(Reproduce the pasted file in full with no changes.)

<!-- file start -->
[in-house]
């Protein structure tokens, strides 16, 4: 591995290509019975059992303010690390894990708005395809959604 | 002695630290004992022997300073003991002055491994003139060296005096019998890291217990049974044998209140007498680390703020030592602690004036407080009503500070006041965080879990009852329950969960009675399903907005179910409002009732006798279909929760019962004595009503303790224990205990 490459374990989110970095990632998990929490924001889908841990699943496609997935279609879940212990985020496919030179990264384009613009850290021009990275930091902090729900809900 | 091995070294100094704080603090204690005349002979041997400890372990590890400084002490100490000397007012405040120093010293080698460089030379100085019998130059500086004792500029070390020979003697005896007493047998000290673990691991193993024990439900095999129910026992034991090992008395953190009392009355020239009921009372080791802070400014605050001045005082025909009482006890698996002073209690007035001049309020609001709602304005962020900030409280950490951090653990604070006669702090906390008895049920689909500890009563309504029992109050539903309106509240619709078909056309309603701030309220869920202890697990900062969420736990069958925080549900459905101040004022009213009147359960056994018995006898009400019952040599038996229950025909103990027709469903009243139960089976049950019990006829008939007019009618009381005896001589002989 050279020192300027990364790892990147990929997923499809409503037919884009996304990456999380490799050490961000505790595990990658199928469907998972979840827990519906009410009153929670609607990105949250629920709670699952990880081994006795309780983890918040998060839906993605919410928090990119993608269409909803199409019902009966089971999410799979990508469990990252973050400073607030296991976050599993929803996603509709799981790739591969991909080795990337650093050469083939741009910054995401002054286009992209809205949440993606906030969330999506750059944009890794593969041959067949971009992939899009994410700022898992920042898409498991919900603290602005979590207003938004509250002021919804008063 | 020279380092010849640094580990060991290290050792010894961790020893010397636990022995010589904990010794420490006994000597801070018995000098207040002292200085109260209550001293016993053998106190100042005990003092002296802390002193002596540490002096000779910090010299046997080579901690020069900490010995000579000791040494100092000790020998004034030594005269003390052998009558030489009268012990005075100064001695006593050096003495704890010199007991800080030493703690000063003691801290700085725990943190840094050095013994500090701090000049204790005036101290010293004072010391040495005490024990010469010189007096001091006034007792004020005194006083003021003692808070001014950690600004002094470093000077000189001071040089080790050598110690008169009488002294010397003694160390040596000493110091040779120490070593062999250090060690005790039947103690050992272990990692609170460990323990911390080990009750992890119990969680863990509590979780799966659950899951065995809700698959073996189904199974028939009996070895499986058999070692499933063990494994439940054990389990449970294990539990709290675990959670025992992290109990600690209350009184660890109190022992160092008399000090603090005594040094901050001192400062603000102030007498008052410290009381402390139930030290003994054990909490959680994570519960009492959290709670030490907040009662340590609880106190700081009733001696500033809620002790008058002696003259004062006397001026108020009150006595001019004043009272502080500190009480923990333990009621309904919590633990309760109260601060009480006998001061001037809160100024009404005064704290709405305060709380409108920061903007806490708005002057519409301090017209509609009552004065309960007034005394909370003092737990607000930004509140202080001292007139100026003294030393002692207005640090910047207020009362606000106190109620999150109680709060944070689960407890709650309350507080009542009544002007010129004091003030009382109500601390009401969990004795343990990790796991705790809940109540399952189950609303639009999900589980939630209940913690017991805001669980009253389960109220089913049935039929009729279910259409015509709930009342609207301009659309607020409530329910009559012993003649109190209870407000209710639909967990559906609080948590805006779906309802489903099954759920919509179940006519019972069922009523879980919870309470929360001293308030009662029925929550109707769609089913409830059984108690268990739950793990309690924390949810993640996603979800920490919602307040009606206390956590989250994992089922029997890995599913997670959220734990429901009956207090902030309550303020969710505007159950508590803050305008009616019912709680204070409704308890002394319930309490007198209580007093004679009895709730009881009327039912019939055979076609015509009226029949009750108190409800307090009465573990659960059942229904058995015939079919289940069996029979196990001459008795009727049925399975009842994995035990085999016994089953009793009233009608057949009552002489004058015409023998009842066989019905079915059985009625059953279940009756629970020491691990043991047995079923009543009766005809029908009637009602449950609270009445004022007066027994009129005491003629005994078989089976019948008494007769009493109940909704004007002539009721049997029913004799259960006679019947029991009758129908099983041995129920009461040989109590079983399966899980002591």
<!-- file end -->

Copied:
[in-house]
């Protein structure tokens, strides 16, 4: 591995290509019975059992303010690390894990708005395809959604 | 002695630290004992022997300073003991002055491994003139060296005096019998890291217990049974044998209140007498680390703020030592602690004036407080009503500070006041965080879990009852329950969960009675399903907005179910409002009732006798279909929760019962004595009503303790224990205990 490459374990989110970095990632998990929490924001889908841990699943496609997935279609879940212990985020496919030179990264384009613009850290021009990275930091902090729900809900 | 091995070294100094704080603090204690005349002979041997400890372990590890400084002490100490000397007012405040120093010293080698460089030379100085019998130059500086004792500029070390020979003697005896007493047998000290673990691991193993024990439900095999129910026992034991090992008395953190009392009355020239009921009372080791802070400014605050001045005082025909009482006890698996002073209690007035001049309020609001709602304005962020900030409280950490951090653990604070006669702090906390008895049920689909500890009563309504029992109050539903309106509240619709078909056309309603701030309220869920202890697990900062969420736990069958925080549900459905101040004022009213009147359960056994018995006898009400019952040599038996229950025909103990027709469903009243139960089976049950019990006829008939007019009618009381005896001589002989 050279020192300027990364790892990147990929997923499809409503037919884009996304990456999380490799050490961000505790595990990658199928469907998972979840827990519906009410009153929670609607990105949250629920709670699952990880081994006795309780983890918040998060839906993605919410928090990119993608269409909803199409019902009966089971999410799979990508469990990252973050400073607030296991976050599993929803996603509709799981790739591969991909080795990337650093050469083939741009910054995401002054286009992209809205949440993606906030969330999506750059944009890794593969041959067949971009992939899009994410700022898992920042898409498991919900603290602005979590207003938004509250002021919804008063 | 020279380092010849640094580990060991290290050792010894961790020893010397636990022995010589904990010794420490006994000597801070018995000098207040002292200085109260209550001293016993053998106190100042005990003092002296802390002193002596540490002096000779910090010299046997080579901690020069900490010995000579000791040494100092000790020998004034030594005269003390052998009558030489009268012990005075100064001695006593050096003495704890010199007991800080030493703690000063003691801290700085725990943190840094050095013994500090701090000049204790005036101290010293004072010391040495005490024990010469010189007096001091006034007792004020005194006083003021003692808070001014950690600004002094470093000077000189001071040089080790050598110690008169009488002294010397003694160390040596000493110091040779120490070593062999250090060690005790039947103690050992272990990692609170460990323990911390080990009750992890119990969680863990509590979780799966659950899951065995809700698959073996189904199974028939009996070895499986058999070692499933063990494994439940054990389990449970294990539990709290675990959670025992992290109990600690209350009184660890109190022992160092008399000090603090005594040094901050001192400062603000102030007498008052410290009381402390139930030290003994054990909490959680994570519960009492959290709670030490907040009662340590609880106190700081009733001696500033809620002790008058002696003259004062006397001026108020009150006595001019004043009272502080500190009480923990333990009621309904919590633990309760109260601060009480006998001061001037809160100024009404005064704290709405305060709380409108920061903007806490708005002057519409301090017209509609009552004065309960007034005394909370003092737990607000930004509140202080001292007139100026003294030393002692207005640090910047207020009362606000106190109620999150109680709060944070689960407890709650309350507080009542009544002007010129004091003030009382109500601390009401969990004795343990990790796991705790809940109540399952189950609303639009999900589980939630209940913690017991805001669980009253389960109220089913049935039929009729279910259409015509709930009342609207301009659309607020409530329910009559012993003649109190209870407000209710639909967990559906609080948590805006779906309802489903099954759920919509179940006519019972069922009523879980919870309470929360001293308030009662029925929550109707769609089913409830059984108690268990739950793990309690924390949810993640996603979800920490919602307040009606206390956590989250994992089922029997890995599913997670959220734990429901009956207090902030309550303020969710505007159950508590803050305008009616019912709680204070409704308890002394319930309490007198209580007093004679009895709730009881009327039912019939055979076609015509009226029949009750108190409800307090009465573990659960059942229904058995015939079919289940069996029979196990001459008795009727049925399975009842994995035990085999016994089953009793009233009608057949009552002489004058015409023998009842066989019905079915059985009625059953279940009756629970020491691990043991047995079923009543009766005809029908009637009602449950609270009445004022007066027994009129005491003629005994078989089976019948008494007769009493109940909704004007002539009721049997029913004799259960006679019947029991009758129908099983041995129920009461040989109590079983399966899980002591």